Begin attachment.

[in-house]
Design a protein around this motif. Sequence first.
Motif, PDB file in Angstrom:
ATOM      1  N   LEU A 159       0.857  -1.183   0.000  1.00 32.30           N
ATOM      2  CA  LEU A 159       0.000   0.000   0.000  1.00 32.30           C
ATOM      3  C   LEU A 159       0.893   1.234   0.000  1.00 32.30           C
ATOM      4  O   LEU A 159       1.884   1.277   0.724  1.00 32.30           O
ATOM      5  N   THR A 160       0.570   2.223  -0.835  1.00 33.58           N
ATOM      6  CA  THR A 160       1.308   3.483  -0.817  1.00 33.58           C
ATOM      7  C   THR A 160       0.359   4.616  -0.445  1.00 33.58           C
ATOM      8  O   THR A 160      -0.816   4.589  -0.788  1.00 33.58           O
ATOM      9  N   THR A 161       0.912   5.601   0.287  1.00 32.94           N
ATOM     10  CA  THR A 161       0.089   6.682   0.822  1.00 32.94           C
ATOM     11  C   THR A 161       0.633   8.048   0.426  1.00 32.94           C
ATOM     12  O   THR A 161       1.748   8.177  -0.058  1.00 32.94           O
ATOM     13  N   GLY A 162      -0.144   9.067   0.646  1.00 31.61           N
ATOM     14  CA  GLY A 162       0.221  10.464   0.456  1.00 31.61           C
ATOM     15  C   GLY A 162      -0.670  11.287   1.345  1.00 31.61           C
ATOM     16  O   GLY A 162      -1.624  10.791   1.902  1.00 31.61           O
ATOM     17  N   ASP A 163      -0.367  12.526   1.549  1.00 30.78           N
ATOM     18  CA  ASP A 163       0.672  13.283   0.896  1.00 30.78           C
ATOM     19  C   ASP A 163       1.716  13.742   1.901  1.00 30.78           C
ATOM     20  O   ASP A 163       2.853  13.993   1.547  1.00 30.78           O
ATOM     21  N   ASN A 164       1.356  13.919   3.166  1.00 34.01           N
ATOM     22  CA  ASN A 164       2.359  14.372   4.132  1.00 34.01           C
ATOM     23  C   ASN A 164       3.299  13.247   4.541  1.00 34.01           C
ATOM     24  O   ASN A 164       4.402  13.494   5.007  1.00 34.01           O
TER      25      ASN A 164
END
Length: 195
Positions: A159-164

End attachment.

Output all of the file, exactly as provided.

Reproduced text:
[in-house]
Design a protein around this motif. Sequence first.
Motif, PDB file in Angstrom:
ATOM      1  N   LEU A 159       0.857  -1.183   0.000  1.00 32.30           N
ATOM      2  CA  LEU A 159       0.000   0.000   0.000  1.00 32.30           C
ATOM      3  C   LEU A 159       0.893   1.234   0.000  1.00 32.30           C
ATOM      4  O   LEU A 159       1.884   1.277   0.724  1.00 32.30           O
ATOM      5  N   THR A 160       0.570   2.223  -0.835  1.00 33.58           N
ATOM      6  CA  THR A 160       1.308   3.483  -0.817  1.00 33.58           C
ATOM      7  C   THR A 160       0.359   4.616  -0.445  1.00 33.58           C
ATOM      8  O   THR A 160      -0.816   4.589  -0.788  1.00 33.58           O
ATOM      9  N   THR A 161       0.912   5.601   0.287  1.00 32.94           N
ATOM     10  CA  THR A 161       0.089   6.682   0.822  1.00 32.94           C
ATOM     11  C   THR A 161       0.633   8.048   0.426  1.00 32.94           C
ATOM     12  O   THR A 161       1.748   8.177  -0.058  1.00 32.94           O
ATOM     13  N   GLY A 162      -0.144   9.067   0.646  1.00 31.61           N
ATOM     14  CA  GLY A 162       0.221  10.464   0.456  1.00 31.61           C
ATOM     15  C   GLY A 162      -0.670  11.287   1.345  1.00 31.61           C
ATOM     16  O   GLY A 162      -1.624  10.791   1.902  1.00 31.61           O
ATOM     17  N   ASP A 163      -0.367  12.526   1.549  1.00 30.78           N
ATOM     18  CA  ASP A 163       0.672  13.283   0.896  1.00 30.78           C
ATOM     19  C   ASP A 163       1.716  13.742   1.901  1.00 30.78           C
ATOM     20  O   ASP A 163       2.853  13.993   1.547  1.00 30.78           O
ATOM     21  N   ASN A 164       1.356  13.919   3.166  1.00 34.01           N
ATOM     22  CA  ASN A 164       2.359  14.372   4.132  1.00 34.01           C
ATOM     23  C   ASN A 164       3.299  13.247   4.541  1.00 34.01           C
ATOM     24  O   ASN A 164       4.402  13.494   5.007  1.00 34.01           O
TER      25      ASN A 164
END
Length: 195
Positions: A159-164